This means that you can sleep sideways, and your bed therefore takes up less length in the van, thus creating additional space for other aspects of your conversion, such as seating, the galley or storage (or a combination of the three). While this may not seem like that much of a difference, when you’re talking about a van with only around 60sqft of living space then saving several square feet for living rather than sleeping in can be a game-changer, especially if you’re set on having a fixed bed and large garage area underneath it.
Our bed, once installed sideways between the flares, will be the size of an ‘RV Queen’, which is the width of a regular US Queen-sized bed (60 inches) and 75 inches long. The length is 5 inches shorter than a regular Queen-sized bed. Neither of us are particularly tall, so the loss of some length is not an issue for us.
You may be wondering whether we think it was worth spending the money on installing Flarespace flares in our Sprinter van, when we could have put it towards simply buying a longer van. You’re talking a few thousand USD to get flares installed, especially if you also have a window or two, and if you also get the matching ‘trim rings’, that are designed to make finishing the interior that much easier once the flares are installed. Questioning how you spend your (presumably) hard-earned cash is a good point, however from our perspective, we specifically wanted a 144 wheelbase Sprinter van, rather than a 170 wheelbase, because it is easier to park (it will fit in a regular-sized parking space) and drive, so although we could have bought a longer van, we opted for a shorter van with the flares.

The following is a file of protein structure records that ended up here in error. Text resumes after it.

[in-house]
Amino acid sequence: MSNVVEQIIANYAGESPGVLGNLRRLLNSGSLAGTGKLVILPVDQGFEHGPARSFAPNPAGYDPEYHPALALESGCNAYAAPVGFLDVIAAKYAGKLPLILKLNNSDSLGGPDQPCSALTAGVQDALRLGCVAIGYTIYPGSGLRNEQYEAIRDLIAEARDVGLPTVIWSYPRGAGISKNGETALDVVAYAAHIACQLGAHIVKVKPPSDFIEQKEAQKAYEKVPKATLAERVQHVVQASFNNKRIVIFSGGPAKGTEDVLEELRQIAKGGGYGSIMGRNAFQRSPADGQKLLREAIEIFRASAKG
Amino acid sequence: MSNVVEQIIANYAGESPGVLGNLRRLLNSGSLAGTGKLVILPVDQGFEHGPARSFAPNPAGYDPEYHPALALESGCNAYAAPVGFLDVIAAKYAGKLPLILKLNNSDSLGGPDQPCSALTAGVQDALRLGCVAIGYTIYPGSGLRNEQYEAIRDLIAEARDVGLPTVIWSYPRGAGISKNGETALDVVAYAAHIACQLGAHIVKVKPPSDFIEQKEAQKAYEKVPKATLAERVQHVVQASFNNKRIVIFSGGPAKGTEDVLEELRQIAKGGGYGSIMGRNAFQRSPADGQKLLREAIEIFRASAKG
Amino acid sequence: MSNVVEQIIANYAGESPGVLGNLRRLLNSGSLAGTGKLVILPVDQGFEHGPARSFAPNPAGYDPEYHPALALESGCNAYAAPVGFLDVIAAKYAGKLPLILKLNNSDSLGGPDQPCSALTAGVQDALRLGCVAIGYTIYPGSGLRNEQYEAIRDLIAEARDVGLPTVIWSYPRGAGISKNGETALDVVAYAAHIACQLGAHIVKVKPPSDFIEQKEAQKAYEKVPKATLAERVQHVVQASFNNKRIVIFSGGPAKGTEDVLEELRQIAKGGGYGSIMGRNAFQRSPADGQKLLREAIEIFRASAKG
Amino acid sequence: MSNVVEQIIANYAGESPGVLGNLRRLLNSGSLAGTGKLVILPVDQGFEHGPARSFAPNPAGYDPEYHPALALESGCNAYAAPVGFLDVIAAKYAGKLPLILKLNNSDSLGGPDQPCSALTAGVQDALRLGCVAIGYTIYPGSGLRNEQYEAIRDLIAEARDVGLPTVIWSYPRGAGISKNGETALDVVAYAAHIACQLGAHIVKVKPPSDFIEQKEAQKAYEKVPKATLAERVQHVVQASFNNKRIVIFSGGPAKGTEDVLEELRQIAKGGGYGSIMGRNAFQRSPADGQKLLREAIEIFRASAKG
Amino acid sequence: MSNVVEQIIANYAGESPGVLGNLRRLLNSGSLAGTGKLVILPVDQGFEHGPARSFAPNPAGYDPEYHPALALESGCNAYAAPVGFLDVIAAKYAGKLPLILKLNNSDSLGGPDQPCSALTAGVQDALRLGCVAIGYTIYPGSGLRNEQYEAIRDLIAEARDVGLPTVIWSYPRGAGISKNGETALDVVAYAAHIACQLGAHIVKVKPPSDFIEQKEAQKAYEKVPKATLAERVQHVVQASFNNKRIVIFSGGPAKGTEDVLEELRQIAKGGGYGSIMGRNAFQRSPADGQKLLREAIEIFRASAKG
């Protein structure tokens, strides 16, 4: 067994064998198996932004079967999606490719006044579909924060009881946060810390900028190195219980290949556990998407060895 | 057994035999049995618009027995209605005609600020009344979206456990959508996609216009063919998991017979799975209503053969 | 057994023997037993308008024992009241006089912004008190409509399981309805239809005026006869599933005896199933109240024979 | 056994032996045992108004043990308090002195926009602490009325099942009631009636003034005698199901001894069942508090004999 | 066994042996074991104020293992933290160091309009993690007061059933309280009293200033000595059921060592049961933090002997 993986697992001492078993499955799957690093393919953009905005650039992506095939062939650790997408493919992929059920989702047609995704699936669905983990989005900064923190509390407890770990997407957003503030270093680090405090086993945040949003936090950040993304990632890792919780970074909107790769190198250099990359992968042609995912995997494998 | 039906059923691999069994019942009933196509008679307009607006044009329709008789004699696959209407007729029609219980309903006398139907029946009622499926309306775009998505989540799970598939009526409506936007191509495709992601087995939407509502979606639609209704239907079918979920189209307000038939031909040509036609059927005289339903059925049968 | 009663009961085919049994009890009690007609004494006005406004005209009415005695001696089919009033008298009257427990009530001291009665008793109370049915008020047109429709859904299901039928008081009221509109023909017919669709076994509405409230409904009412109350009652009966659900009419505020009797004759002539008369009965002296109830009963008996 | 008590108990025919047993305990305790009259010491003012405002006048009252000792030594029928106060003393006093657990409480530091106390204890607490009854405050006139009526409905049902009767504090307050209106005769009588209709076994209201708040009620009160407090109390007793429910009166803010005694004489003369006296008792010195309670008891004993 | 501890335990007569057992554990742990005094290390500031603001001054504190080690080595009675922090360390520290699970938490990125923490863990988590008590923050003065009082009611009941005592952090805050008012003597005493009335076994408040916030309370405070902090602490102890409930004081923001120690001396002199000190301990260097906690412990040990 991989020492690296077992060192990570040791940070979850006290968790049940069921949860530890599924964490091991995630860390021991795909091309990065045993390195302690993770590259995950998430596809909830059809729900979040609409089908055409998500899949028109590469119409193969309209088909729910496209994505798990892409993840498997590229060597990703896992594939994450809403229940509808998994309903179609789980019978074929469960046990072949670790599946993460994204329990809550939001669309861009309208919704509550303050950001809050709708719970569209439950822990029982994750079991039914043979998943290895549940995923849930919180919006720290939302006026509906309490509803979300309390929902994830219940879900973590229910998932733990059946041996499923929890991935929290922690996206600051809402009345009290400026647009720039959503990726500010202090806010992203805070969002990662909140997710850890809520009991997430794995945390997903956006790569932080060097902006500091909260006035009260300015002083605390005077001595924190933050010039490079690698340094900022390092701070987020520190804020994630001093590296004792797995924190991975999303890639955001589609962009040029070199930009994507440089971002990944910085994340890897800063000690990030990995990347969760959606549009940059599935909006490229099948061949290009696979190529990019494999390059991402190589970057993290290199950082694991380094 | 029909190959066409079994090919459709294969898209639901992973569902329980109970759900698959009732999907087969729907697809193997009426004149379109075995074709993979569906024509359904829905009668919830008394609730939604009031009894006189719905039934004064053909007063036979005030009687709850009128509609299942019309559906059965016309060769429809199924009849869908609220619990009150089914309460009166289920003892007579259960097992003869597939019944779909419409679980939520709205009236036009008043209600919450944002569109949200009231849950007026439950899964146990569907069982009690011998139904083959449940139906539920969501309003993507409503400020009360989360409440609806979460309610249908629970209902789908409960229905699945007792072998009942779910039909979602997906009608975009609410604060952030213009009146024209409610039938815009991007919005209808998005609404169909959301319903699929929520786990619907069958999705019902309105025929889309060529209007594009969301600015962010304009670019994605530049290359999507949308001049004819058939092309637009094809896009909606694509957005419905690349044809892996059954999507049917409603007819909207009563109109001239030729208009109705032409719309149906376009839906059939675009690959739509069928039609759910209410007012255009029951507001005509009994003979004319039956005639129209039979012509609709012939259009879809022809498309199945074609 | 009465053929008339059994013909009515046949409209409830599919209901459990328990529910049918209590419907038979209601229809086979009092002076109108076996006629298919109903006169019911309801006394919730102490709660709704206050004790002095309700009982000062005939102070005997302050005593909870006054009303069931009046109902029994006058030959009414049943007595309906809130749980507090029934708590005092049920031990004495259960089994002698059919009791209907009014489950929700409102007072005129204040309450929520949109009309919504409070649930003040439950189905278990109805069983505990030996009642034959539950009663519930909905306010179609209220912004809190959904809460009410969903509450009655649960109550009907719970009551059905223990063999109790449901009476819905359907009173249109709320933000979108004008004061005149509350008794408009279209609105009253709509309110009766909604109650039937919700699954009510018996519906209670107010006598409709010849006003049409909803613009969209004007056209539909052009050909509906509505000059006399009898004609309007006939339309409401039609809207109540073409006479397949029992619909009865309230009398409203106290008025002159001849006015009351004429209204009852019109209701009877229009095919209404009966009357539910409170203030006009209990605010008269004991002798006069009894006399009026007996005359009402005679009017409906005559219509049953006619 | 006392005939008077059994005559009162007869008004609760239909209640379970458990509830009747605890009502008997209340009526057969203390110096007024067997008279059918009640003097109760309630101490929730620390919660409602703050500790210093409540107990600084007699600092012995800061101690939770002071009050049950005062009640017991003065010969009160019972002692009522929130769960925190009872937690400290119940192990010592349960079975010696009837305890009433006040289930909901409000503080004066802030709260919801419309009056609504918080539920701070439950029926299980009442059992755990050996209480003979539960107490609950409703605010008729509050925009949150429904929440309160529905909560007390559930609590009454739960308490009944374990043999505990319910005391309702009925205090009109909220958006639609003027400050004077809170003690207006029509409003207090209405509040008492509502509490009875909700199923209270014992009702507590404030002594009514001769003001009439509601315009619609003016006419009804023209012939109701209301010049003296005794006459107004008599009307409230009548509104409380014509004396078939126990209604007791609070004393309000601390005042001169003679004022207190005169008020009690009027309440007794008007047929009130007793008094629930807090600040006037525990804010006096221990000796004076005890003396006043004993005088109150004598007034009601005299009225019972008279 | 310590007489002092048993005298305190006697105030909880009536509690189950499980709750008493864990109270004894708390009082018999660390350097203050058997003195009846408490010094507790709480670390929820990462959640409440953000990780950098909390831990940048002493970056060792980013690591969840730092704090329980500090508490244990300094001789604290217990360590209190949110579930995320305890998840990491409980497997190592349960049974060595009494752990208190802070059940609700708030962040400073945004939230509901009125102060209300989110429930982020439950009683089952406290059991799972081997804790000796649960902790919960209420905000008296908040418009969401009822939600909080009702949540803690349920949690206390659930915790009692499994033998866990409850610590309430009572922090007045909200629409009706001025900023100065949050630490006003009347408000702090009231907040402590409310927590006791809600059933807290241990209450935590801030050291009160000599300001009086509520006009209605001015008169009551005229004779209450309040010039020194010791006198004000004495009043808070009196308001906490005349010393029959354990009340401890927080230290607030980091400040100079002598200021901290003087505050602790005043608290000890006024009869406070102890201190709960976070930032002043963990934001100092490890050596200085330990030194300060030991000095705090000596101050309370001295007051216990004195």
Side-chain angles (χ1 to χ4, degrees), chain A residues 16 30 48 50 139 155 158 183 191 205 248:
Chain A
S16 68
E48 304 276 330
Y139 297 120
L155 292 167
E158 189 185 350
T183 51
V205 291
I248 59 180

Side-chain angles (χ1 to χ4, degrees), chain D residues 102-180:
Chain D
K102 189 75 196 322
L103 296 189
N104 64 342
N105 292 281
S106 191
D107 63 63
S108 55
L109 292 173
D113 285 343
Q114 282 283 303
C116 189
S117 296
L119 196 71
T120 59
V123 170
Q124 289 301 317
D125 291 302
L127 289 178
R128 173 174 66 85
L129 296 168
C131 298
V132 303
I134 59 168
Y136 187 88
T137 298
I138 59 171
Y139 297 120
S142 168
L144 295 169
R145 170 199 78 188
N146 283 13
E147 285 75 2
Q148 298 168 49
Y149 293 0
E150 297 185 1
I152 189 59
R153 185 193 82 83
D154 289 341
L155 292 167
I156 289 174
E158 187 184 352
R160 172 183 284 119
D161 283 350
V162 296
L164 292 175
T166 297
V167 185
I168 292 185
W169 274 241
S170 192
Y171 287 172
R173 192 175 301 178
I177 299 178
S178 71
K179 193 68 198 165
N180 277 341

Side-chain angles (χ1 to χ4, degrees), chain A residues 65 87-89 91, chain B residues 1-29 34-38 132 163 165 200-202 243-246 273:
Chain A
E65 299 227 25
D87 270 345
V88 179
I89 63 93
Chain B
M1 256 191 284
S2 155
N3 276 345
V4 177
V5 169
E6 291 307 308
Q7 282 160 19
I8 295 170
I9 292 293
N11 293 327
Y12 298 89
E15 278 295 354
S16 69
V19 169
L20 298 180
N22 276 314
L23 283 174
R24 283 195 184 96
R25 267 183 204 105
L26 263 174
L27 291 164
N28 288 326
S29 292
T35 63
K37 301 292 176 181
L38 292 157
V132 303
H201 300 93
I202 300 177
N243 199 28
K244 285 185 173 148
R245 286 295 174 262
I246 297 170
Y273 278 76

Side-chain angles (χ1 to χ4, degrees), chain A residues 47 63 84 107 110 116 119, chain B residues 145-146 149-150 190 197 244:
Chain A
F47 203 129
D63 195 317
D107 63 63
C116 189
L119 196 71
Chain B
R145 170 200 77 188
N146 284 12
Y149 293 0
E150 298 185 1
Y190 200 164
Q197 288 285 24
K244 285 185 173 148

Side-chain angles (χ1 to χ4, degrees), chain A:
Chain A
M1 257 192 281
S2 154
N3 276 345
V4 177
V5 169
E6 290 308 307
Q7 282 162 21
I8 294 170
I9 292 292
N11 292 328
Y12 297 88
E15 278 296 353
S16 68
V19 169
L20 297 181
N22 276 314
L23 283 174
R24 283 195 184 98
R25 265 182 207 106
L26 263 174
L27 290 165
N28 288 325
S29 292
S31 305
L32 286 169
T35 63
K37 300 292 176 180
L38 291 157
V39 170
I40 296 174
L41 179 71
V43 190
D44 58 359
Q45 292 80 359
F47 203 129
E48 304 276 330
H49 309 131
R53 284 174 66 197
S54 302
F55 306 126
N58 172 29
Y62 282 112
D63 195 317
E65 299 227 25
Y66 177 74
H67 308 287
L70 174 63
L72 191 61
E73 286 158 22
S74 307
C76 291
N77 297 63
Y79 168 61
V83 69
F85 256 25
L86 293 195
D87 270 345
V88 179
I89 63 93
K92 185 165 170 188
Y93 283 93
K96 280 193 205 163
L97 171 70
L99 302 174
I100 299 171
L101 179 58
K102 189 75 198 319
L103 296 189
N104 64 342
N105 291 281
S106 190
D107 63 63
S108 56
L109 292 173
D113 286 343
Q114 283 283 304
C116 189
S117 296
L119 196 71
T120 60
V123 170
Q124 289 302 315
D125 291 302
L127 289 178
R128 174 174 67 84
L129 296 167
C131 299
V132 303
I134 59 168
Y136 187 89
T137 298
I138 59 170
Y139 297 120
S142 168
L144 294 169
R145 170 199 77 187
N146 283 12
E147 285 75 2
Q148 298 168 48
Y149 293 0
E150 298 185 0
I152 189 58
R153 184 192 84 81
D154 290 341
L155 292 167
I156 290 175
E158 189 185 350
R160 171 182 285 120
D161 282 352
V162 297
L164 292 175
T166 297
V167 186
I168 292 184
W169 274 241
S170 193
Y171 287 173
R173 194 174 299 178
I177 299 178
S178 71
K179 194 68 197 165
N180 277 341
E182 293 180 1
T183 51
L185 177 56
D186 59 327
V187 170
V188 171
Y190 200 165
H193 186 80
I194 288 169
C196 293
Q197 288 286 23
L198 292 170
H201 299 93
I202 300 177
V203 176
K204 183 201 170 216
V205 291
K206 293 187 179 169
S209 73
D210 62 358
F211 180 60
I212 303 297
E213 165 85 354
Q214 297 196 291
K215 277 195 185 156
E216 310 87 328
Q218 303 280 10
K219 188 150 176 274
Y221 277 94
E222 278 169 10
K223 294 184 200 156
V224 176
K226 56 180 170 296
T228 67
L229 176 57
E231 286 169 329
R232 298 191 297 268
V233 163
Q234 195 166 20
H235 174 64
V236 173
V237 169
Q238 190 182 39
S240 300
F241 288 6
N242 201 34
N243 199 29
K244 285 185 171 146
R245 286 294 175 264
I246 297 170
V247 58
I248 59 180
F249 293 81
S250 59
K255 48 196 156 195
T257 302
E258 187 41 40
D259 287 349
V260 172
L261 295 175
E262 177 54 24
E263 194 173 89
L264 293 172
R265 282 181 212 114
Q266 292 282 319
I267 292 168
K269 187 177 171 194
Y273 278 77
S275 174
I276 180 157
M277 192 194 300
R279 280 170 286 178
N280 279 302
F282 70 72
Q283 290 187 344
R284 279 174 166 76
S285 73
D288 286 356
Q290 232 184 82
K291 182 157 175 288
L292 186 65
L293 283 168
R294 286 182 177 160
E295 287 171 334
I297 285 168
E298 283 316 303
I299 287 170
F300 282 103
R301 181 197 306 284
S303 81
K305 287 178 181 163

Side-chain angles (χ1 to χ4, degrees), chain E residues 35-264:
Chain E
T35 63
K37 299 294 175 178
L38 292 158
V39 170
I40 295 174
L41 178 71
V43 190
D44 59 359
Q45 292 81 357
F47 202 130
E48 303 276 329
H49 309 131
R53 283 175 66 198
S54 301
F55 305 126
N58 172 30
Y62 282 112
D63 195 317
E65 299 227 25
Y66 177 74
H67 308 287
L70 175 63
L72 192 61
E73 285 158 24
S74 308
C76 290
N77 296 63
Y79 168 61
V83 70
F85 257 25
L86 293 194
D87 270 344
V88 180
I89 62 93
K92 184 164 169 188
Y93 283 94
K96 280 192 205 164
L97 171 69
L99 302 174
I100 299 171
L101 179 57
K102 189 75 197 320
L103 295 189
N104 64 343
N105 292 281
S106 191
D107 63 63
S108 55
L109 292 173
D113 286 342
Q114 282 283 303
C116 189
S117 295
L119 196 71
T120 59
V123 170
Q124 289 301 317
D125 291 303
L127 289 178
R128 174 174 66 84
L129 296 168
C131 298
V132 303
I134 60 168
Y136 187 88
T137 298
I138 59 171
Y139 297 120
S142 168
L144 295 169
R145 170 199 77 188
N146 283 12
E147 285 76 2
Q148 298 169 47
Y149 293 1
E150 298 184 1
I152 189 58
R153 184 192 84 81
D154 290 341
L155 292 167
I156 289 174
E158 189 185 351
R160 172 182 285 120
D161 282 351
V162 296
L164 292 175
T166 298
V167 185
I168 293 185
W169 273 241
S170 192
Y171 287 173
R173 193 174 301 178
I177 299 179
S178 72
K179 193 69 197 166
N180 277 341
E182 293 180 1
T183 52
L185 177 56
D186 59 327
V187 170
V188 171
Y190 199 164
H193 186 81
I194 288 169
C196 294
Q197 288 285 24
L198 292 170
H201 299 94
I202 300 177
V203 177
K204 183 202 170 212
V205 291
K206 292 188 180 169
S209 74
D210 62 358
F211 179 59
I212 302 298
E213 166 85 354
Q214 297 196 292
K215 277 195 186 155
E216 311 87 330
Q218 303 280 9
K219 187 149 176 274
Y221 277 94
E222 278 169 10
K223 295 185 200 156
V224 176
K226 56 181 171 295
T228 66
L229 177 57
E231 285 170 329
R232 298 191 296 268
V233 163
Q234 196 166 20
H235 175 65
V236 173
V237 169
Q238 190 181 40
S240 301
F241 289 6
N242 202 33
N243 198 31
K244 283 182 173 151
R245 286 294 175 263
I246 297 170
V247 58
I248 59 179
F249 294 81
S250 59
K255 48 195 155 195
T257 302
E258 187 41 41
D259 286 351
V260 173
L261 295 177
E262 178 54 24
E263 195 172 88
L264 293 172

As we are happy with our choice to get a 144 rather than 170 wheelbase Sprinter van, having flares in the side of our van was worth the investment from our perspective, although it is certainly going to make the installation of our custom-designed walls a little more challenging, due to the differing wall depths and edges that we will need to work around. Flarespace supply parts called ‘trim rings’, which are fiberglass rings designed to sit over the edges of the flares on the inside of the van, however as explained in a subsequent post, these turned out, at least for us, to be a waste of money and time as it turns out they did not work with our bed (although it was from Flarespace and supposed to be compatible) or our wall and decor plans.
RELATED READING: See our HUGE finished Flarespace bed in our Van Build Part 6
Ensuring excellent ventilation in our Sprinter Van Conversion
Ventilation is one of the MOST important things to get right in a van conversion. Poor ventilation is a recipe for humidity, condensation, and the issues these can quickly create, such as mold and mildew. Sources of humidity in the air within your van may include:
- The climate – especially if you’re somewhere humid and tropical (hello Florida) or generally wet (typically anywhere that rains or snows a lot, such as the PNW and England)
- Wet clothes and shoes
Condensation will gather on the coldest surfaces, especially glass and metal, and can get behind your walls, under your mattress… basically anywhere you don’t want it to be, as the moisture sitting or pooling near the walls and floor can cause rust issues if it sits on the metal walls and fittings within your van.